Bamboo steamers are gorgeous, functional kitchen tools, that make the delicate cooking method nearly effortless. But much like cake sticking to the pan, food sticking to the bamboo is a special kind of heartbreak. In order to use a bamboo steamer effectively, you need to know how to line them.
Steamer basket liners create a barrier between the food and the bamboo for easy removal after it’s finished. The liner holds onto juices and keeps soft dough intact, all while allowing the steam to flow between and around the food for even cooking. Most of the common options are affordable and easily available, and there are a few modern reusable options too.
Parchment paper is a common material to line bamboo steamer baskets. It’s cut into a circle to fit the diameter of the inner compartment, the same way you would cut a liner for a cake pan. Parchment paper is semi-porous, so technically you’re good to go, but you can increase airflow by cutting some holes into the paper. When you’ve cut the wedge of folded parchment to make a circular liner, stop before you unfold it. Cut a few little triangles out of the folded side, as if you were making a really boring snowflake. When you unfold it, there will be several evenly spaced holes for the steamy air to move through. Fit it into the steamer and load the food right on top.
For small, individual items, or in the absence of parchment paper, you can use paper cupcake liners. Place one under each morsel of food, or flatten them out and shingle them over the inside of the liner. Put the food on top and steam away.
Plants are the original paper anyway. Cabbage leaves, kale, banana leaves, corn husk (fresh or dry), and those ribs of cauliflower leaves you always chuck — all make excellent bamboo steamer liners. These hearty plant leaves are perfect because they’re thin, so they don’t take up valuable vertical space, and they’re durable, so they won’t disintegrate during periods of humid heat, and — listen, I love leaves, but — they’re relatively flavourless, so they won’t impart any of their business onto your food. Lay your leaves of choice in the steamer basket, side by side, or slightly shingled, cutting off excess length. The leaves should sit on the bottom of the basket, there’s no need for them to curl up the side.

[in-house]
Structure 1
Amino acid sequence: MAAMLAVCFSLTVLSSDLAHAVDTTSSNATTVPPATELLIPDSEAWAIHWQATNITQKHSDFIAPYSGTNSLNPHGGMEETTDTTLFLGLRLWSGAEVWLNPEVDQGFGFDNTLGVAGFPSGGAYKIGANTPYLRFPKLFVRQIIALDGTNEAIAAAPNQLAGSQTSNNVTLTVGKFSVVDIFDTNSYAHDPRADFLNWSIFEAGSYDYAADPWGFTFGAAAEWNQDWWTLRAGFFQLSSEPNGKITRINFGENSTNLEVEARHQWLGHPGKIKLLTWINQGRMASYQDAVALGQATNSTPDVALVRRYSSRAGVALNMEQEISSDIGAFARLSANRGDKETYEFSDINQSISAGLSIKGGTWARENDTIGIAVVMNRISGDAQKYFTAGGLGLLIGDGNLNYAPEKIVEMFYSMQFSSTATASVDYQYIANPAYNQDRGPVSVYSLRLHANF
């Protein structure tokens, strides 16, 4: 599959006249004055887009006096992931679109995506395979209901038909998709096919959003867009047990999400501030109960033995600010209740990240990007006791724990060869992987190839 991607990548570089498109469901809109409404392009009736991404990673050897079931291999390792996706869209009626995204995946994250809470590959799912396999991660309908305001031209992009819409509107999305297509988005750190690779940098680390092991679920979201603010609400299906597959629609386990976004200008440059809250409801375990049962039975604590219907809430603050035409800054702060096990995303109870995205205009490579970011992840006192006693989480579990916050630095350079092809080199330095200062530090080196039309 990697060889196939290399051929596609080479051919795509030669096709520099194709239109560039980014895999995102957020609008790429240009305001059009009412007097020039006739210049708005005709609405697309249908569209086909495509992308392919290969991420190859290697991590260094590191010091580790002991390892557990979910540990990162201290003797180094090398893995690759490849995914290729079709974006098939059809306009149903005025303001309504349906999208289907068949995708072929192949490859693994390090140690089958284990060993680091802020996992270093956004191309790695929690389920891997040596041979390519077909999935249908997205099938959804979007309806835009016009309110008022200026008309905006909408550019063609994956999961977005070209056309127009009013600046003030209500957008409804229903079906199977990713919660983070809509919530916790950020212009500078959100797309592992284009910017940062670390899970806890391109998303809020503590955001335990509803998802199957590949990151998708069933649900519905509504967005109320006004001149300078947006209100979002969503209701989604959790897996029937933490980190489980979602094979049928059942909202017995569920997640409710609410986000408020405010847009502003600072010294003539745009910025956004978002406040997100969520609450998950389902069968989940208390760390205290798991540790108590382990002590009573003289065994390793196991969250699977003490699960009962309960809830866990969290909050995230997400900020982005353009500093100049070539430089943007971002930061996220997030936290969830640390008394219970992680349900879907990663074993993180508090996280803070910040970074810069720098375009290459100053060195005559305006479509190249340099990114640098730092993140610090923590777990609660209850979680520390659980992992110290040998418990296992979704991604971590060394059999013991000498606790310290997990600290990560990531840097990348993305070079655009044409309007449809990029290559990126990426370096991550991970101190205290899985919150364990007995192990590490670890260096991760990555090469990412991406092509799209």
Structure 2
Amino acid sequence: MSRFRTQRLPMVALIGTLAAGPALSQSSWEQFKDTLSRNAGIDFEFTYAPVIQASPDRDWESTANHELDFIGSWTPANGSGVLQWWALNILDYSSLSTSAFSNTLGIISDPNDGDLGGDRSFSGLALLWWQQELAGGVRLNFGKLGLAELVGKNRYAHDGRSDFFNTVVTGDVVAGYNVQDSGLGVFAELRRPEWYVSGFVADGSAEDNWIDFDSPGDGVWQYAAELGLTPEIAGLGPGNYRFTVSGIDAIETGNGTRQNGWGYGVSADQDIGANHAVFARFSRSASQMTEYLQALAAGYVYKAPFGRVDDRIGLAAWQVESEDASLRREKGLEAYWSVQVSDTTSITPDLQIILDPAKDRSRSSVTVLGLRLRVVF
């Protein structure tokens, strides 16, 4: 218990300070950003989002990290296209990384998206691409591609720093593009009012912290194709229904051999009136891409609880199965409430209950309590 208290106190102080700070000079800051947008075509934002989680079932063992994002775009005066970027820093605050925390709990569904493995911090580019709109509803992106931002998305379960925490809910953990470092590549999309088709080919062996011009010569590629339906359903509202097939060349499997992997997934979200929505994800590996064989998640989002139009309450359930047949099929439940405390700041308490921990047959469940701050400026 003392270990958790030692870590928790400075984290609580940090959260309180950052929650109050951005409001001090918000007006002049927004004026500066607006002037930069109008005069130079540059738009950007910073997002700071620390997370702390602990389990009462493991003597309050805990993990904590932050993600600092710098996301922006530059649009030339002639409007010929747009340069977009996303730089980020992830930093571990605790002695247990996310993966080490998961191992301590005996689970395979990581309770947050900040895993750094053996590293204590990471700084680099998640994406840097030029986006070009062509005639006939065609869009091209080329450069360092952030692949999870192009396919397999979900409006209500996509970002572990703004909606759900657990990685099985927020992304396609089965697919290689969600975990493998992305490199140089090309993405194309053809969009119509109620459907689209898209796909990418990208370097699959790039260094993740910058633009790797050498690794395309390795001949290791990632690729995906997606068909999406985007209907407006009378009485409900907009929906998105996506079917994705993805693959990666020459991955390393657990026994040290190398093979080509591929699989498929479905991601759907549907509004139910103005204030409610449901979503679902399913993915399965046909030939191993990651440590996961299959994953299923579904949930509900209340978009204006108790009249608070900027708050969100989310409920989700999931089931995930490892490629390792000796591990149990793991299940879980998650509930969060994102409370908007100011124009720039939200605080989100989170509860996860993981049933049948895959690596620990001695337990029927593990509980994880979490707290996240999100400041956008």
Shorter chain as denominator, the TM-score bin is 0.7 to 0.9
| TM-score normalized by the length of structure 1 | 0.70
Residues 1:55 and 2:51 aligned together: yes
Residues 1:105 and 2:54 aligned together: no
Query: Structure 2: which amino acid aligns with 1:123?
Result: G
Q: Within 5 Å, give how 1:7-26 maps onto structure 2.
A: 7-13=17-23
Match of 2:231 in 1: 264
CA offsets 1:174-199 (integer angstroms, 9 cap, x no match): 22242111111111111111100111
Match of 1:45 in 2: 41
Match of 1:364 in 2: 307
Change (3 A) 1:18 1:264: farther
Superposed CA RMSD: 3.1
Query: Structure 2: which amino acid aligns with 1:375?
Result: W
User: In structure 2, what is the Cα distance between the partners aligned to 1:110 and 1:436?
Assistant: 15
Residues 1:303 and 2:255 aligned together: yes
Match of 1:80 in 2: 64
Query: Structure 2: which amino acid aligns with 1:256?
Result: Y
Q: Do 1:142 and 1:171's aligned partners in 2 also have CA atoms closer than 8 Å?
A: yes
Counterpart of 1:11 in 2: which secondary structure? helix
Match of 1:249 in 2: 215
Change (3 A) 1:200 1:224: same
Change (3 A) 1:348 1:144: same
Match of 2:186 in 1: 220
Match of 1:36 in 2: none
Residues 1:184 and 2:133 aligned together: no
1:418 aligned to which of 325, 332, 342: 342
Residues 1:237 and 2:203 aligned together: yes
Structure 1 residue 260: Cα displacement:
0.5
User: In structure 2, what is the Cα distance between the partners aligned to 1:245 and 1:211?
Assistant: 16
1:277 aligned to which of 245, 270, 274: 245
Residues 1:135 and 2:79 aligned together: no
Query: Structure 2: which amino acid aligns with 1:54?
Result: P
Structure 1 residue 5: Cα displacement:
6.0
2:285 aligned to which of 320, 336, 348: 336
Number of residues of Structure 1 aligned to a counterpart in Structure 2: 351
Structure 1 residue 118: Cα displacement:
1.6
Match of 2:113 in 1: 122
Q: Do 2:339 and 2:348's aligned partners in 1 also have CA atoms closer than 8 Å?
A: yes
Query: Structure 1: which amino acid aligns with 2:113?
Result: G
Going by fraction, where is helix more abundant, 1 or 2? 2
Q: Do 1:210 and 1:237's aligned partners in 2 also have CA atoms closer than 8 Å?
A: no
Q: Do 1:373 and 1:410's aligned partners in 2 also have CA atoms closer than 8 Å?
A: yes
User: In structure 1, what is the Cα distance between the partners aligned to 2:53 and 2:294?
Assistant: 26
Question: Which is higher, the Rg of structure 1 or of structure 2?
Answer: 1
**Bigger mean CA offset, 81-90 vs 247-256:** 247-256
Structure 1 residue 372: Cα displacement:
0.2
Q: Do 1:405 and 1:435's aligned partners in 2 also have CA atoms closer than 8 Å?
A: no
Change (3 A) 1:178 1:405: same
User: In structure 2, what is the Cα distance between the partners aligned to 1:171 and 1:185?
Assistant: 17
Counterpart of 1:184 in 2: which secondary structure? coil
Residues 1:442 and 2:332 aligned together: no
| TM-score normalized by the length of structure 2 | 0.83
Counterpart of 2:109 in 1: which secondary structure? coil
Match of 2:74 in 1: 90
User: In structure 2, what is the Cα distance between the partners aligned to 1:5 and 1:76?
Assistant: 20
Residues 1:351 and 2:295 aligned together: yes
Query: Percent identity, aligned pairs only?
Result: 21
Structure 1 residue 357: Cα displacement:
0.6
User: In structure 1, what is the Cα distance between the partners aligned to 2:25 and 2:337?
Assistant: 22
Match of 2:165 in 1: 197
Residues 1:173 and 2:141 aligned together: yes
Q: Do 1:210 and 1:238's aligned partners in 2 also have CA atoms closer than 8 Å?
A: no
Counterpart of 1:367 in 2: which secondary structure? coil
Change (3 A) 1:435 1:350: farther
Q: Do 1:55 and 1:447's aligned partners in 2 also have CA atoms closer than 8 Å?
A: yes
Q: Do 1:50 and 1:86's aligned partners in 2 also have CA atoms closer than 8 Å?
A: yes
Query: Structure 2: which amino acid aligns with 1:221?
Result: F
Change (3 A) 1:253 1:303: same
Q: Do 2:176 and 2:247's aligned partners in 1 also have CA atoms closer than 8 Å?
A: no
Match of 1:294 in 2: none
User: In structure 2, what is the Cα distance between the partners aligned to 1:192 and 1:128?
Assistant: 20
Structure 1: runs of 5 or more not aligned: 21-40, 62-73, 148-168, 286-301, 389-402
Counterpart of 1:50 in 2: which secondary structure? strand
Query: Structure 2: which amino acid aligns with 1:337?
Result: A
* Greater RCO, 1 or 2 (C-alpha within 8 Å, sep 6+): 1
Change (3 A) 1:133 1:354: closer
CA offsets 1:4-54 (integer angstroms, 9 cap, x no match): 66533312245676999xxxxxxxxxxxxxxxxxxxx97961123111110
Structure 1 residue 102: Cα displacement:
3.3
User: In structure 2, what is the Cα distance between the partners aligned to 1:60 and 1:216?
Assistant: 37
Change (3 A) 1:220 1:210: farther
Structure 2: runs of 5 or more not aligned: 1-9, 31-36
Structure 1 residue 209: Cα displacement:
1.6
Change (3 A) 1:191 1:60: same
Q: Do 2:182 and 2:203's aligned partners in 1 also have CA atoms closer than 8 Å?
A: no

Those who find themselves relying on their steamer regularly might consider a more permanent addition to their bamboo basket set-up. You can buy the silicone liner equivalent of perforated parchment paper, cloth for steamers, or regular cheesecloth. Silicone is easy to clean along with your other dishware, and the woven fabric options can usually be washed by hand.
In the event you have absolutely nothing to line your bamboo steamer with, you can always use a heat-resistant plate. The cooking might be a bit uneven because there won’t be air circulating underneath, but on the flip side, plates are better at catching tasty juices, depending on what you’re steaming. With any of the above-mentioned liners, but especially with plates because they retain heat, be careful when removing the food. It’s hot in there.
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